Author: Daniel Tung
Students tend to excuse their poor grades in mathematics by saying, `I’m not good at maths’. It is a lame excuse. There is no such thing as the inability to learn Maths or any subject. Most people are able to master mathematics. How? The answer may sound like a mundane one – practice
I was quite mediocre at maths, or even worse. Then something happened. I enjoyed the maths lessons for the first time. It was coordinate geometry. I found it interesting, and when I was able to solve problems, it took me by surprise. The lessons started in a simple way, and I didn’t miss a single step. I found the next step always easy.
Each time you learn something new, the neurons in your brain are being rewired to represent the new information. When you recall the new piece of knowledge through practice, the neural connection will be activated again and again, resulting in stronger connections. This means you will become more effective in processing the information next time you see it. Practice makes perfect.
There is a saying that you need 10 thousand hours to master something. Don’t take it literally, and don’t give up at the start.
The good news is, you don’t really need to spend a lot of time to be good at learning or mastering maths skills. You missed algebra? Never mind, you can still be good at geometry. All you need is a maximum of 20 hours of practice! On average, this is the amount of time you need to practise one topic. Never give up.
Look at this cool video
of a guy who learned to play a new musical instrument in just 20 hours.
As shown in the video, one key method to learn any skill in just 20 hours is by breaking down the skill into smaller pieces. You will be able to master the skill quickly by learning the smaller pieces and combine them later. Just concentrate on one maths problem, one rule, one step, one trick. Master it and move on to the next one. Try this today to learn a new skill, for example, coordinate geometry!
Another reason practice makes perfect is that practice helps build up your confidence. Confidence is an important element in mastering any skills. If you are not confident in what you are doing, you will try to avoid doing it, which will make yourself even less capable in it. Making small mistakes during practice is less devastating. By getting accustomed to it and learning from the mistakes, students’ confidence gradually increases.
However, not any kind of practices will do.
We will not progress very far if the practice is too easy, or by practicing the same thing over and over again. Educators say, if you practice a test and your result is over 80%, you wasted your time, as you didn’t learn anything.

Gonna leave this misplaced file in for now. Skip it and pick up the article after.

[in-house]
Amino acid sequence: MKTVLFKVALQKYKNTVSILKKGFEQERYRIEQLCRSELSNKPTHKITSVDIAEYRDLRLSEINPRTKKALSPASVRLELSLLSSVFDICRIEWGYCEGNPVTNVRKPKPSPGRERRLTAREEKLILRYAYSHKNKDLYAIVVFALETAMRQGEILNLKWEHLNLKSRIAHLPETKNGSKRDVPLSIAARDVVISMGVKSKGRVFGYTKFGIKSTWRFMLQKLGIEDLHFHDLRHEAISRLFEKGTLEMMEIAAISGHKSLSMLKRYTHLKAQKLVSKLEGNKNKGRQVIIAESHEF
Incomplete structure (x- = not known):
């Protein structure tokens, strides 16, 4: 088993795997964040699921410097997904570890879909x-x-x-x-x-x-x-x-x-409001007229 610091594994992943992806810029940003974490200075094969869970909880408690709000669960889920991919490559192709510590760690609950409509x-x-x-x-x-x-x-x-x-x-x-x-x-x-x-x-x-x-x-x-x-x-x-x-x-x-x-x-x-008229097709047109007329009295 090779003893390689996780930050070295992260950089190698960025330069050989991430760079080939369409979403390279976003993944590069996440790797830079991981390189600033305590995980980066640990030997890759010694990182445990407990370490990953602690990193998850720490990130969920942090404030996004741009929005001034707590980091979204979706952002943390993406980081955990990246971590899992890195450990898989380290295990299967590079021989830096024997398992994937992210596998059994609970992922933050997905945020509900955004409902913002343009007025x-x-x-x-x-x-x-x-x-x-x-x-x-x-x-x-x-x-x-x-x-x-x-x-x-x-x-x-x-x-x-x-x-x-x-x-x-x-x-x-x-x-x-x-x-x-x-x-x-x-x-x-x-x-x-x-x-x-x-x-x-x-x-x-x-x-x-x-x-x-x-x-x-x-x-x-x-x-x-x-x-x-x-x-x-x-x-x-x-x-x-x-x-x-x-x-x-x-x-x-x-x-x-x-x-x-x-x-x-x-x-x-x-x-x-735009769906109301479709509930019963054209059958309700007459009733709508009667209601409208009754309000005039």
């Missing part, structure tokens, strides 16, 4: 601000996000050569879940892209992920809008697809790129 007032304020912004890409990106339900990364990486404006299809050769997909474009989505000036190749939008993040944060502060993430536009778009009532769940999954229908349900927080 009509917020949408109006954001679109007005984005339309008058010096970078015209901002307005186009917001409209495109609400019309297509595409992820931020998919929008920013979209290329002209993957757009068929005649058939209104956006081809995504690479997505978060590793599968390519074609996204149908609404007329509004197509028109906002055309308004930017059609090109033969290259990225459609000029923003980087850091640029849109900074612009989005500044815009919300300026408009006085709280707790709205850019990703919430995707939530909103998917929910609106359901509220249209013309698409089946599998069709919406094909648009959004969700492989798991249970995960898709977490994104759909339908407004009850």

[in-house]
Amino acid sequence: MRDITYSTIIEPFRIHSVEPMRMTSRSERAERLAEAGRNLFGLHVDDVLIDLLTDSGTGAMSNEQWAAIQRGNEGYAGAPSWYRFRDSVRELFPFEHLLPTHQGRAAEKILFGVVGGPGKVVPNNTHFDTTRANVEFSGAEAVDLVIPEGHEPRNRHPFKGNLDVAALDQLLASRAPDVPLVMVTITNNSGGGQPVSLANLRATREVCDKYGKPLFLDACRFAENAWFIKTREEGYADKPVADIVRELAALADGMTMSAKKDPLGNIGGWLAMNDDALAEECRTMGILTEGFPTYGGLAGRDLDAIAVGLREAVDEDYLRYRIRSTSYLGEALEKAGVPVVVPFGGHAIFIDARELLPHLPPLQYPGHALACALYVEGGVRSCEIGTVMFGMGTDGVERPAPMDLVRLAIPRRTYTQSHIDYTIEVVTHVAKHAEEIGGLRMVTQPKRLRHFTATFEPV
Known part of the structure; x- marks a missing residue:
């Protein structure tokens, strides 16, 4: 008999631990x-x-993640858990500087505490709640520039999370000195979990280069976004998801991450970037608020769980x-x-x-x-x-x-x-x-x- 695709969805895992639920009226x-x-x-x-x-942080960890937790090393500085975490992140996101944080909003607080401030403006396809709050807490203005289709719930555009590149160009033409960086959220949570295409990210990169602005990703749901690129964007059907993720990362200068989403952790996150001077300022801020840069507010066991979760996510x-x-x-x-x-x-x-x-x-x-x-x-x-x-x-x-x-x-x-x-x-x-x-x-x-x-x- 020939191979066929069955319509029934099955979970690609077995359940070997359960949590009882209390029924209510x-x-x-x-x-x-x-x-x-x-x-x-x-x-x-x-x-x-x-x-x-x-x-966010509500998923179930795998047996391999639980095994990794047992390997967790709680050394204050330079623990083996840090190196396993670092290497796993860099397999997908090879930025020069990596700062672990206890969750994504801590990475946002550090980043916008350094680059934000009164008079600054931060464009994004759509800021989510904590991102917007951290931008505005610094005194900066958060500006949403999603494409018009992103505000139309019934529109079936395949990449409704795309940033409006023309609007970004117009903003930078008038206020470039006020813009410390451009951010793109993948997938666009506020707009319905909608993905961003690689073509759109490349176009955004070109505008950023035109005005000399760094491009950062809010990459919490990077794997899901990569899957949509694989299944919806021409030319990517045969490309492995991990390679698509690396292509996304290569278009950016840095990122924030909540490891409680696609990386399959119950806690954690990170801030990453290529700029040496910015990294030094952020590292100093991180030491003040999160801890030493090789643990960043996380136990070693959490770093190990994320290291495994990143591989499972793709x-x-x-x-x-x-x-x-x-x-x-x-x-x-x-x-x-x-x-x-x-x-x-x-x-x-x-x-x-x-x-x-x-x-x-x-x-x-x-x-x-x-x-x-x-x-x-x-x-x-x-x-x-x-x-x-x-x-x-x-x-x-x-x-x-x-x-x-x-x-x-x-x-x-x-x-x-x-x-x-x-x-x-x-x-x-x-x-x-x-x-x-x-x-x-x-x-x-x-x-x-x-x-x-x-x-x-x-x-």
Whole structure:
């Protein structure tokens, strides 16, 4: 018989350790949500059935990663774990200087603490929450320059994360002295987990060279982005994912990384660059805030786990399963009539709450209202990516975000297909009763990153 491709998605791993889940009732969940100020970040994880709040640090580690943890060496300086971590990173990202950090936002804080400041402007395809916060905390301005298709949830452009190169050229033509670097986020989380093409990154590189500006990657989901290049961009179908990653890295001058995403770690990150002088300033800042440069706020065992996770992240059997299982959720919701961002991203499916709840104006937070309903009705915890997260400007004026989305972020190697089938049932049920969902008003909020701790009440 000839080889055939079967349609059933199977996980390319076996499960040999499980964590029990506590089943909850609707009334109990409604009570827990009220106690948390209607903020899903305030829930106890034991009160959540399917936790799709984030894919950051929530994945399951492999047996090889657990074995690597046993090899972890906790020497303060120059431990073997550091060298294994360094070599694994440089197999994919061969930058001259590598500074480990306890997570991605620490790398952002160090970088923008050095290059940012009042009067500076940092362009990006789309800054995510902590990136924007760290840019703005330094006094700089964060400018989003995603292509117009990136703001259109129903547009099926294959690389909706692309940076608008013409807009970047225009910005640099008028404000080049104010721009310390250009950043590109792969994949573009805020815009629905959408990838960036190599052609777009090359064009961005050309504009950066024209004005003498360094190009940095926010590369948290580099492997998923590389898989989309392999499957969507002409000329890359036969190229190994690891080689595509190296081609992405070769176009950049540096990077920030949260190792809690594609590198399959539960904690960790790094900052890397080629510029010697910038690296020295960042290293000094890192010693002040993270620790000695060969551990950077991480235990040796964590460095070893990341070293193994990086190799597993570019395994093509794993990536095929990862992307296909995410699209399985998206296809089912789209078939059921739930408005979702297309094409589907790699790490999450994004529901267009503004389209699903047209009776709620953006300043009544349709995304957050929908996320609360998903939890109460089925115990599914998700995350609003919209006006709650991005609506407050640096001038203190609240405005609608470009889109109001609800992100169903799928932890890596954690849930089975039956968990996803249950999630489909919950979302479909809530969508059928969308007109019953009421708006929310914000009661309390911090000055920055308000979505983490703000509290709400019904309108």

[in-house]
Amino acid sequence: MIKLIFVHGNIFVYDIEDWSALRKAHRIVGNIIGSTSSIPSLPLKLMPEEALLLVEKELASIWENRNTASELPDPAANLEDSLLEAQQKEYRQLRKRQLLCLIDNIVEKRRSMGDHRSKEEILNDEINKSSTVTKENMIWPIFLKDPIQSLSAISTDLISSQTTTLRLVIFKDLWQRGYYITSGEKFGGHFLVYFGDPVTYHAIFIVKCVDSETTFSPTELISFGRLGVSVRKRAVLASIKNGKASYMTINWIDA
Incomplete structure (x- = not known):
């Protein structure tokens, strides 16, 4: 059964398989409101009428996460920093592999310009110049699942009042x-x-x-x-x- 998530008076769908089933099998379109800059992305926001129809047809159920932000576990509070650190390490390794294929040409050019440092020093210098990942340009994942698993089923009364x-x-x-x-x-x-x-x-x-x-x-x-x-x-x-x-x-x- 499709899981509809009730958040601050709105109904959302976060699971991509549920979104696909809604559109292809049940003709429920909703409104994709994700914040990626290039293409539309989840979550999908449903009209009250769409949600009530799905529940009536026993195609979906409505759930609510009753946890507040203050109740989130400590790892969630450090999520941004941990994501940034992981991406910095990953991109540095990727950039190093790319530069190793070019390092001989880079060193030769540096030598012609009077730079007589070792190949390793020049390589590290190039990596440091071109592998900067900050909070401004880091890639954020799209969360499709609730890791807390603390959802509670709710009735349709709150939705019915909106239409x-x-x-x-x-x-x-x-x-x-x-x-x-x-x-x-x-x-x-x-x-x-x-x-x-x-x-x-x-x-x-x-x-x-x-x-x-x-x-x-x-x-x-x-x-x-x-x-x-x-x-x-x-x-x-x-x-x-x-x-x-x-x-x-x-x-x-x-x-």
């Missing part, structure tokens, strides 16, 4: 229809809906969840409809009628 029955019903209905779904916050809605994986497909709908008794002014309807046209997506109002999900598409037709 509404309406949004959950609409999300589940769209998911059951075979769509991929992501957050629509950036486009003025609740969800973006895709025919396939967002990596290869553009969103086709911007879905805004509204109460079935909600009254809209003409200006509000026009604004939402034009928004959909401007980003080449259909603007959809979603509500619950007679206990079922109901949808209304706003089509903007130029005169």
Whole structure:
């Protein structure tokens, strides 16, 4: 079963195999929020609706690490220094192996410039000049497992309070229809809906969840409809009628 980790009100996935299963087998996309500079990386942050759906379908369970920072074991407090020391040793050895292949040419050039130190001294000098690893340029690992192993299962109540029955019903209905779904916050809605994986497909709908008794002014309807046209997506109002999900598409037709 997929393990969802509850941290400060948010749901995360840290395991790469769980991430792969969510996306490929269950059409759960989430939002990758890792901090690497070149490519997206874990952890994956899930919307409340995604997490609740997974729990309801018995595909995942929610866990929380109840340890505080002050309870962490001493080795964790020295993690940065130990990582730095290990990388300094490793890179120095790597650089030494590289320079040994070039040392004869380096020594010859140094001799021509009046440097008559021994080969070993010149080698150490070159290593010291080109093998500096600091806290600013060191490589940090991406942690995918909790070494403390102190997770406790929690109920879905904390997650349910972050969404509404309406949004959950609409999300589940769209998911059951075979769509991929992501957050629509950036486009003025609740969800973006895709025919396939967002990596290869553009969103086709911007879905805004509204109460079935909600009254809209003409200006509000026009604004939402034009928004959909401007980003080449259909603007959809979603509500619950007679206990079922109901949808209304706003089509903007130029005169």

On the other hand, if the practice is too difficult, we will get frustrated easily and give up very soon.
Mastery requires what the researchers call deliberate or purposeful practice. It is to learn something purposefully, with a clear goal, and by choosing those practices that lie just on the edge of our ability. The aim is to push ourselves away from our comfort zone, to attain real improvements.
Therefore, the practices should be suitably challenging – not too easy that they could be done mindlessly, yet not too challenging that it lies far beyond our current ability.
Deliberate practice requires a good teacher (or good interactive learning tools) that can tailor practice activities based on our performances, and provide feedback to guide us in the process.
When you are stuck with a problem, you have a couple of options, like asking for help (teacher), go back to an easier problem, or just look up the answer. The most effective way to learn is the second one because obviously, the problem was too challenging for you. In this case, looking at the solution or teacher’s explanation won’t help in the learning process.
Even so, deliberate practice is not a fun process. Everyone likes simple exercises that always confirms skills – it makes them feel good. Constantly put your ability to test could be very frustrating. Therefore, we need something to hold us up and move us forward. This is our passion for what we do.
Students passionate about a subject will persevere when they face challenging questions. They will find ways to solve it by looking for new information, or by looking for new ways to think about the question.
So, we think that a major characteristic of a good teacher, a good book, and a good education system in general, is that they are able to ignite the passion for a student. Skills will follow later.